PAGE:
It’s no secret that the VA health care system is complicated. With exemptions, applications, requirements, and more getting the treatment, that you or a loved one deserves can be difficult. Adding to this already complicated process is your assignment to a priority group. In addition to our work with the VA Aid and Attendance Pension, we at Patriot Angels are frequently asked about priority groups, and what they mean. Today, we hope to make these groups more understandable with this guide.

What Are The VA Priority Groups

When you enroll in a VA health care program, you are assigned a priority group. There are eight different groups, each made up of veterans with different levels of needs and requirements. The VA created these groups as a way to help meet the demand for VA services. Essentially, an individual’s priority group is assigned based on the level of care a veteran needs, and how much it will cost the VA to treat them. The number of veterans in each priority group, and how many new veterans can be moved into a priority group is determined by the amount of money the VA has available to them. Depending on your priority group, your copay will change when using VA health services.

Priority Group 1

This priority group is comprised of veterans who have a service-related disability that has left them 50 percent or more disabled. Similarly, if a veteran has been determined to be unemployable due to a service-related disability, they are placed in Priority Group 1.

Priority Group 2

Veterans who have been placed in Priority Group 2 have been determined to have a service-related disability that has given them a 30 percent or 40 percent disability rating.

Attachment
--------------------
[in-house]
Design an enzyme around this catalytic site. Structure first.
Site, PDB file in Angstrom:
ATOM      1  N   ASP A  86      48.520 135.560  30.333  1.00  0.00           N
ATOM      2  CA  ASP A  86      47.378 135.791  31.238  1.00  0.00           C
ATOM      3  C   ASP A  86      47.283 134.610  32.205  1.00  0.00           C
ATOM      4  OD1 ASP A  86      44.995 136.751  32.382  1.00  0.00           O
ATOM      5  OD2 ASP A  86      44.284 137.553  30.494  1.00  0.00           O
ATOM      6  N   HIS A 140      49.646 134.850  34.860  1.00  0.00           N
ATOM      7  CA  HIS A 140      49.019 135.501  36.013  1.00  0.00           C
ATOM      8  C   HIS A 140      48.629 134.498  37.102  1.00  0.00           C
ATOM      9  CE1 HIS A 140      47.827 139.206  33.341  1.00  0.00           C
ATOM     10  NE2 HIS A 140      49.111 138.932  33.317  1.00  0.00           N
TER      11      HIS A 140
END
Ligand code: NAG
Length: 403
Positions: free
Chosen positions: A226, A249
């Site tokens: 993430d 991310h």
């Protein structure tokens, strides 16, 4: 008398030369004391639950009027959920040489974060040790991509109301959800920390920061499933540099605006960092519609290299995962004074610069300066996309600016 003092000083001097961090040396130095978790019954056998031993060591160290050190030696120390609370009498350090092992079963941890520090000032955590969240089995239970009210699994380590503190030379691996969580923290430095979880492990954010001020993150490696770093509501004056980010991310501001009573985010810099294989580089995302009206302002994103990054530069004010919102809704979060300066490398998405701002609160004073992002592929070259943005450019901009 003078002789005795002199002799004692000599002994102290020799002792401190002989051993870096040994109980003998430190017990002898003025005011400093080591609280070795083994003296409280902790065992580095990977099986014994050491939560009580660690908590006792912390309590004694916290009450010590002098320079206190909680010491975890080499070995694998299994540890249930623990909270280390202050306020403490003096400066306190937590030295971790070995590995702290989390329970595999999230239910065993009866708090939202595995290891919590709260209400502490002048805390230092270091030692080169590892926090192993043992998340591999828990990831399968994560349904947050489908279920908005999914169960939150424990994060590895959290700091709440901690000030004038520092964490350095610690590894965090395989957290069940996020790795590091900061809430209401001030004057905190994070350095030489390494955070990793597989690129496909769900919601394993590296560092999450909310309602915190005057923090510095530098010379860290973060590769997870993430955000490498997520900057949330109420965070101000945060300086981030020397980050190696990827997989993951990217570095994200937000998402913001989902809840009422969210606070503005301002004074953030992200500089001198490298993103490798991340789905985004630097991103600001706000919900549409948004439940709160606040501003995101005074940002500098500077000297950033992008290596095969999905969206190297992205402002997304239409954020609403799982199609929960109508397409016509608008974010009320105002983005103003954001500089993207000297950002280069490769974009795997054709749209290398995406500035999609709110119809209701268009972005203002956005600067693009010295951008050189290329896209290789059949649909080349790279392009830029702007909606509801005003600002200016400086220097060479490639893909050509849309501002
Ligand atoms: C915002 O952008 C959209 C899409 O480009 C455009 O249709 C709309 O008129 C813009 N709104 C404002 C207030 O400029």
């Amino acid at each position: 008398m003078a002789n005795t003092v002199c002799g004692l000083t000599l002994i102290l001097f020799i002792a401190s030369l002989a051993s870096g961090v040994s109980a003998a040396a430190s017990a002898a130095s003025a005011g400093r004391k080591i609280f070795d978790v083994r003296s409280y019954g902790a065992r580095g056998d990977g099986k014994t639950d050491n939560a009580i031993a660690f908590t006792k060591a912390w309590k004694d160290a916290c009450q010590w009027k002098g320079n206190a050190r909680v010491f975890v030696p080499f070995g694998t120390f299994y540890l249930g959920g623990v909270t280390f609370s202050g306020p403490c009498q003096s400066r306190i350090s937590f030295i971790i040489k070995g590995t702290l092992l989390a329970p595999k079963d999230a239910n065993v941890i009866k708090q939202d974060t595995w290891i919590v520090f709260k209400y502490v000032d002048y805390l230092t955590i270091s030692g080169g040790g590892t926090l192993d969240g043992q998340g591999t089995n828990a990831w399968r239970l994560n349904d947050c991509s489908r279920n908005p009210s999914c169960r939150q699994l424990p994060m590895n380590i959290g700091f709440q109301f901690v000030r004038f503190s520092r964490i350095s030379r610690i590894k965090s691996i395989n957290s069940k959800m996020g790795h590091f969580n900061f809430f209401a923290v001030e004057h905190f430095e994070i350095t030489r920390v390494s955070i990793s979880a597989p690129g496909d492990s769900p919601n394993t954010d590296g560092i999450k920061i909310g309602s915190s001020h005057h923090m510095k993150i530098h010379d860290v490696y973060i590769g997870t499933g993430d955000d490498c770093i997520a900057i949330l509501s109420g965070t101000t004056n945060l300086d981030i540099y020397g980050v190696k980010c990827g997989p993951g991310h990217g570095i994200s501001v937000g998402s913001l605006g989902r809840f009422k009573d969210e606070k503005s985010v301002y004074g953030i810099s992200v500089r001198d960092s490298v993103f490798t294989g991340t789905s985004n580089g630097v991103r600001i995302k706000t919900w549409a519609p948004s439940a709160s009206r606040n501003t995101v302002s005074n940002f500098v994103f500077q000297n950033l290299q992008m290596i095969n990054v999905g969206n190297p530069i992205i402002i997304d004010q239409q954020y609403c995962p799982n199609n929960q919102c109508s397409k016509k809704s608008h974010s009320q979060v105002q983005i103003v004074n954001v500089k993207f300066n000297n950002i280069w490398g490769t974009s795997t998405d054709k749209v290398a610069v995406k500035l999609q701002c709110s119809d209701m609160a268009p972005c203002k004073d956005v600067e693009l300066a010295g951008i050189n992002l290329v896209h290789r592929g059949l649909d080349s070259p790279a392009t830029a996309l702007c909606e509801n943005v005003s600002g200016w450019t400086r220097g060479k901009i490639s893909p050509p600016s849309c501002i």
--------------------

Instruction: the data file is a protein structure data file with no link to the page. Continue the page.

Priority Group 3

Priority Group 3 is made up of several veteran statuses and classifications. If a veteran was a former prisoner of war or received a Purple Heart medal, they are assigned this group. Veterans who were discharged for a disability that was sustained or made worse by their time in the service are also placed here. For veterans with a 10 to 20 percent disability rating, they are also in Priority Group 3. Finally, if a veteran has been awarded a special classification under Title 38, U.S.C., Section 1151, they are positioned in this group.

Priority Group 4

For those veterans who are already receiving financial assistance from the VA Aid and Attendance Pension, or other housebound benefits, they will be placed in Priority Group 4, along with veterans who have been recognized as catastrophically disabled.

Priority Group 5

If you are a non-service-connected veteran, with non-compensable service disabilities rated as zero percent, and if your annual income and net worth are less than the VA benefits national income threshold, you will be placed in Priority Group 5. If you are already collecting a VA pension or are eligible for Medicaid programs, you’ll also be in this Priority Group.

Priority Group 6

Priority Group 6 covers a wide variety of veterans across many wars and time periods. Generally, if a veteran has a compensable service, with 0 percent disability, they will be placed here. If the veteran was exposed to radiation as part of the atmospheric testing of atomic weapons or occupation of Nagasaki and Hiroshima, they are placed here. Similarly, veterans who were exposed to chemical agents as part of Project 112/SHAD are in Priority Group 6. Veterans who were discharged from active duty on or after January 28, 2003, who enrolled as of January 28, 2008, and veterans who apply for enrollment in VA health services after January 28, 2008, are placed here.

Priority Group 7

Priority Group 7 is made up of veterans who have an income, or net worth, that is above the VA national income threshold, but whose income is below the geographic income threshold. These veterans have also agreed to pay co-pays as part of their treatment.

Priority Group 8

The final Priority Group consists of veterans who have an income or net worth that is above the VA national income threshold and the geographic income threshold who also agree to pay co-pays. Within this group that are four sub-priority classifications, A, C, E, and G, that are each tied to a discharge or enrollment date.

If you or another veteran are seeking long-term medical care assistance, you may be eligible for the VA Aid and Attendance Pension. This pension can be used to offset the costs associated with your care. Contact the Patriot Angels today and arrange for a free consultation. With years of experience, we can help you to collect these funds for your care or the care of a loved one.